Whether you moved here last year, ten years ago, or even 50 years ago, if someone asked you what you thought about our community when you arrived, chances are you said, “I want Vero to stay just like it is.”
We hear that all the time. The irony is that Vero Beach and Indian River County have changed in many ways, yet those changes are transparent to newcomers. Why? Because what has never changed are our core values. Nor should they change.
Population of the greater Vero Beach area is now the same as Ft. Lauderdale was 50 years ago, yet we have retained the small town quality of life that communities to the south have lost. That is because civic leaders over the years have had a common shared vision that guided them in their decision making. That common vision included maintaining our small town atmosphere, excellent quality of life, countless amenities — and a city government leadership committed to keeping Vero “just like it is.”
There have been times people have come here wanting to reshape Vero into the type of community they left behind. If your definition of beauty is row upon row of high rise condos on the oceanfront, you might look at Vero Beach as ripe for that kind of development. But it only happened once. The 12-story Village Spires stands alone because after developers found a loophole in the city’s regulations and won approval to build it, the city leadership acted to strengthen its building codes and limit new construction to no more than three stories.
What else creates that small town quality of life we all cherish? The many public parks, community buildings, miles of white sand beaches, open and protected green spaces, always clean, fresh and everything meticulously maintained by city employees that care because the people who employee them care (you, the citizens of Vero Beach). Public safety has always been a top priority, especially to those who came here from communities ravaged by crime. Taxpayers gladly paid to have an exemplary police force and two minute response time if needed.
In recent years, certain factions wanted to slash city budgets, reduce employees, outsource many of the fine city services all in the name of more efficient government. That would mean folding public safety into the county sheriff’s office, giving up the city’s twice a week, door to door garbage collection in favor of once a week curbside service by a private contractor. Efforts were made to merge the city’s efficient and revenue-generating water and sewer system with the county’s system.( As we all know, the city’s electric utility is also targeted by the county, Indian River Shores and FPL. More on that below.) Worst of all, consideration was given to leasing or selling the city’s sacred Crestlawn Cemetery, where all the people who made Vero Beach what it is today lie in rest. Community leaders and concerned citizens were successful rising up in opposition to these changes, which in their minds would forsake the core values they shared, but others did not.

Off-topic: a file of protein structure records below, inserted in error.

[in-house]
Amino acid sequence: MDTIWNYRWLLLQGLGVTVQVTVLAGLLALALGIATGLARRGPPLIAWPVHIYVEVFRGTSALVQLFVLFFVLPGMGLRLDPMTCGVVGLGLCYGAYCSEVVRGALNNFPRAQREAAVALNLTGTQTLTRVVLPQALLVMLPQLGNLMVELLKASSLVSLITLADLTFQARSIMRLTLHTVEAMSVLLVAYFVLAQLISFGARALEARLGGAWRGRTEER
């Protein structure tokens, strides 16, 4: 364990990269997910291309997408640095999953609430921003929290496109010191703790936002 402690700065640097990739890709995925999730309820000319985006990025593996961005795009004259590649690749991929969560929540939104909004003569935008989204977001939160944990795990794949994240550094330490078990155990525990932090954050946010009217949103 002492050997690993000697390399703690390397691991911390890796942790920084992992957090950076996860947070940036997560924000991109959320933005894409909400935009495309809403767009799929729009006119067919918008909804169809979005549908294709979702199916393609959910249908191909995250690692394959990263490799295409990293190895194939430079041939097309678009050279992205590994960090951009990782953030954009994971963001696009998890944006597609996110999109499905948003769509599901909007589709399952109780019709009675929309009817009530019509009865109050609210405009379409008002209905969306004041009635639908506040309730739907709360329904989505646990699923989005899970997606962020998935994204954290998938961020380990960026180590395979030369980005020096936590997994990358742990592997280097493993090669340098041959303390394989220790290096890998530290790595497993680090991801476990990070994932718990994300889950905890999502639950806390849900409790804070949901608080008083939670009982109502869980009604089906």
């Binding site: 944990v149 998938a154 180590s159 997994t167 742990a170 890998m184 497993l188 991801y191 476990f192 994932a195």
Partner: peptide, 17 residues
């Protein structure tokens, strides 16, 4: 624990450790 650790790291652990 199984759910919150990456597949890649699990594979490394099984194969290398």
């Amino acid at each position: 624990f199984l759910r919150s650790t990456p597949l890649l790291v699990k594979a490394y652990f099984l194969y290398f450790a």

This is why it is so important that we choose our elected officials carefully, especially with many key issues affecting our future that must be addressed.
First and foremost on the political agenda is what to do about Vero Electric. A great deal of pressure has been exerted to sell Vero Electric to FPL and give electric customers lower rates. The sale agreement initiated back in 2009 cannot be completed as written, so the new City Council will have to consider what options are available that would reduce electric rates while protecting ratepayers and taxpayers against financial losses due to legal obligations. There are numerous options, including a partial sale of Indian River Shores customers to FPL (but so far they are not willing to pay what is necessary to leave taxpayers and ratepayers whole). Other options include working to reduce electric costs (already underway), create a body representing all users to oversee it, or offer the utility to potential bidders for a price that will ensure low rates without burdening taxpayers or causing catastrophic damage to city finances. Whatever decision is made, it must not compromise our core values established by city leaders and protected over generations.
The vision for Vero Beach’s future now lies in your hands. Be sure to vote on November 8.